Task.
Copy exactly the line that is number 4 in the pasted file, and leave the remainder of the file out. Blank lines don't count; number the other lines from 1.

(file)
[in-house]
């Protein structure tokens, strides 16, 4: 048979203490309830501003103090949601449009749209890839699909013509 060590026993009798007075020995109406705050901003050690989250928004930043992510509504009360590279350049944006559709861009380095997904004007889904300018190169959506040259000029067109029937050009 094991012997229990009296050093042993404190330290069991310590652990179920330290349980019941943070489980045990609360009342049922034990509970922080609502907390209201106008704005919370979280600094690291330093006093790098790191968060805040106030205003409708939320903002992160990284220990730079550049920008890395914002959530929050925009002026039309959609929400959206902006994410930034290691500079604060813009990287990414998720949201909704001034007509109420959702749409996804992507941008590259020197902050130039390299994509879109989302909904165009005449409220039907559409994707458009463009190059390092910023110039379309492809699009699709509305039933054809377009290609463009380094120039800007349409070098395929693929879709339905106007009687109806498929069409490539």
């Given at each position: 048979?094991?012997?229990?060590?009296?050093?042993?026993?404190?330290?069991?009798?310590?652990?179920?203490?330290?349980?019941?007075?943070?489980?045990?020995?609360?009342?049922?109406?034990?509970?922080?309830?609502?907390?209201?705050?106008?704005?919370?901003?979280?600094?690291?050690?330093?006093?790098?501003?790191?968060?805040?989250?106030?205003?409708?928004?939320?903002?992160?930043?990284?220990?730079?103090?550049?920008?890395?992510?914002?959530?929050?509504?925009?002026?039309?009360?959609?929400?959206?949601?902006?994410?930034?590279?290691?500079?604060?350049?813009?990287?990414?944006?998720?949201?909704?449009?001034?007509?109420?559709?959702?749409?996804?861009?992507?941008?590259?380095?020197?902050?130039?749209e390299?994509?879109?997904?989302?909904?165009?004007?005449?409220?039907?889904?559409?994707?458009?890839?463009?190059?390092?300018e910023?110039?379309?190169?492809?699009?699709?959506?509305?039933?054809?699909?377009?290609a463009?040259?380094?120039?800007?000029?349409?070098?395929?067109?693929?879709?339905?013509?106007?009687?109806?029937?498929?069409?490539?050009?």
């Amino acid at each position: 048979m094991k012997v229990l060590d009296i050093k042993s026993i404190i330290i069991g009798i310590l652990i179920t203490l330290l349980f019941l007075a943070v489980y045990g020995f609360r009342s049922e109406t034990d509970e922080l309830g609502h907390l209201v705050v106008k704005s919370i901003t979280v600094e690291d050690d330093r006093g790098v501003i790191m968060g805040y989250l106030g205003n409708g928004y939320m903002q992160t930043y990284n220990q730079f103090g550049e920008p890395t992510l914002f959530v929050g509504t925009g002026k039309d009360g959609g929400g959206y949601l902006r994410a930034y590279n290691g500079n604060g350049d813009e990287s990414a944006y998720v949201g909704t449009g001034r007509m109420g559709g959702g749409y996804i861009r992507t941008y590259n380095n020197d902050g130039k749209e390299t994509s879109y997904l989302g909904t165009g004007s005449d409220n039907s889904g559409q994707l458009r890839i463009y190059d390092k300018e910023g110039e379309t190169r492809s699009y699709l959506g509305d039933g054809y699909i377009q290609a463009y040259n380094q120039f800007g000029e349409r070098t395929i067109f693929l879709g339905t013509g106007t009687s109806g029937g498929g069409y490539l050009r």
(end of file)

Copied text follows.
């Amino acid at each position: 048979m094991k012997v229990l060590d009296i050093k042993s026993i404190i330290i069991g009798i310590l652990i179920t203490l330290l349980f019941l007075a943070v489980y045990g020995f609360r009342s049922e109406t034990d509970e922080l309830g609502h907390l209201v705050v106008k704005s919370i901003t979280v600094e690291d050690d330093r006093g790098v501003i790191m968060g805040y989250l106030g205003n409708g928004y939320m903002q992160t930043y990284n220990q730079f103090g550049e920008p890395t992510l914002f959530v929050g509504t925009g002026k039309d009360g959609g929400g959206y949601l902006r994410a930034y590279n290691g500079n604060g350049d813009e990287s990414a944006y998720v949201g909704t449009g001034r007509m109420g559709g959702g749409y996804i861009r992507t941008y590259n380095n020197d902050g130039k749209e390299t994509s879109y997904l989302g909904t165009g004007s005449d409220n039907s889904g559409q994707l458009r890839i463009y190059d390092k300018e910023g110039e379309t190169r492809s699009y699709l959506g509305d039933g054809y699909i377009q290609a463009y040259n380094q120039f800007g000029e349409r070098t395929i067109f693929l879709g339905t013509g106007t009687s109806g029937g498929g069409y490539l050009r």